Journal article

Mistreatment of women during childbirth in Abuja, Nigeria: a qualitative study on perceptions and experiences of women and healthcare providers

Meghan A Bohren, Joshua P Vogel, Ozge Tuncalp, Bukola Fawole, Musibau A Titiloye, Akinpelu Olanrewaju Olutayo, Modupe Ogunlade, Agnes A Oyeniran, Olubunmi R Osunsan, Loveth Metiboba, Hadiza A Idris, Francis E Alu, Olufemi T Oladapo, A Metin Gulmezoglu, Michelle J Hindin

REPRODUCTIVE HEALTH | BMC | Published : 2017

Abstract

BACKGROUND: Global efforts have increased facility-based childbirth, but substantial barriers remain in some settings. In Nigeria, women report that poor provider attitudes influence their use of maternal health services. Evidence also suggests that women in Nigeria may experience mistreatment during childbirth; however, there is limited understanding of how and why mistreatment this occurs. This study uses qualitative methods to explore women and providers' experiences and perceptions of mistreatment during childbirth in two health facilities and catchment areas in Abuja, Nigeria. METHODS: In-depth interviews (IDIs) and focus group discussions (FGDs) were used with a purposive sample of wom..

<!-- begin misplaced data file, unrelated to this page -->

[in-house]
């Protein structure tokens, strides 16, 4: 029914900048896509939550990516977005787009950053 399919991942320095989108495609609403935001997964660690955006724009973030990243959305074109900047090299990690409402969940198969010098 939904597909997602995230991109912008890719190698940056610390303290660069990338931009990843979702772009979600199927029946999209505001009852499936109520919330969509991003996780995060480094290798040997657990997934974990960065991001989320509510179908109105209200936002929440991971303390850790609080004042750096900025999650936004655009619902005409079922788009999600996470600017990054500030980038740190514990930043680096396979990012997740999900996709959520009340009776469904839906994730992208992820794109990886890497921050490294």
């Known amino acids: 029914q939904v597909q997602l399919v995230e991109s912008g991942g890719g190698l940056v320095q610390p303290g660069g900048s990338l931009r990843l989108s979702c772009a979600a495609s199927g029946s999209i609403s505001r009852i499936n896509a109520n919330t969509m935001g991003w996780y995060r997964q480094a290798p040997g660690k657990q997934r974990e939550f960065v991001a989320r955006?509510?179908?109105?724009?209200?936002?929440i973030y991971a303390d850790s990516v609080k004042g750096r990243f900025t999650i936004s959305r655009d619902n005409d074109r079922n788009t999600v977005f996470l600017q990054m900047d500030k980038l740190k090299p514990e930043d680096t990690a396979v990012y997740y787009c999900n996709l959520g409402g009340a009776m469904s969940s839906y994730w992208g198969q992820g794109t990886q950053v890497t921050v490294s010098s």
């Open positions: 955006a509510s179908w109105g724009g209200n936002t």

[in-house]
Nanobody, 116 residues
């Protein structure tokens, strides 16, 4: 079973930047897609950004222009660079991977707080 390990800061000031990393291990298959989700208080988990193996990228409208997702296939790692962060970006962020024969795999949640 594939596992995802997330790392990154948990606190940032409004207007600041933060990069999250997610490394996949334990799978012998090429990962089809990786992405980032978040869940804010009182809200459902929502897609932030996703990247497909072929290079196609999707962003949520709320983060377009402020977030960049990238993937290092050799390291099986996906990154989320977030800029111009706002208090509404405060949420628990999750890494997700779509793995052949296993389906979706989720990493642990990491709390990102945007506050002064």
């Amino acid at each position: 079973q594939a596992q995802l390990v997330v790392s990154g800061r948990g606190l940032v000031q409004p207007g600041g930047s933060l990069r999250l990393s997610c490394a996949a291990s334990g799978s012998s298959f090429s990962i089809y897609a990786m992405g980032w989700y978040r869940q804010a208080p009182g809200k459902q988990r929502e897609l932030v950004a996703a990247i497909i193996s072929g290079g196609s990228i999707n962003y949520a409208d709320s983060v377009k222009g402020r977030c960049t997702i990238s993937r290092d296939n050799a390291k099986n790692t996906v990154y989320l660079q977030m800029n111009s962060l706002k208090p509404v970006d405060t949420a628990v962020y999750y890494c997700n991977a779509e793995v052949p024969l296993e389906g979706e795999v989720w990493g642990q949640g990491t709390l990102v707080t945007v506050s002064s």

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Grants

Funding Acknowledgements

The funders had no role in the study design, data collection and analysis, decision to publish, or preparation of the manuscript. Funding for this project was received from The United States Agency for International Development (USAID) and the UNDP/UNFPA/UNICEF/WHO/World Bank Special Programme of Research, Development and Research Training in Human Reproduction (HRP), Department of Reproductive Health and Research, World Health Organization. Meghan Bohren was also supported by the Department of Population, Family and Reproductive Health at the Johns Hopkins Bloomberg School of Public Health, the Bernard and Jane Guyer Scholarship in Maternal and Child Health, and the Caroline Cochran Scholarship in Population and Reproductive Health.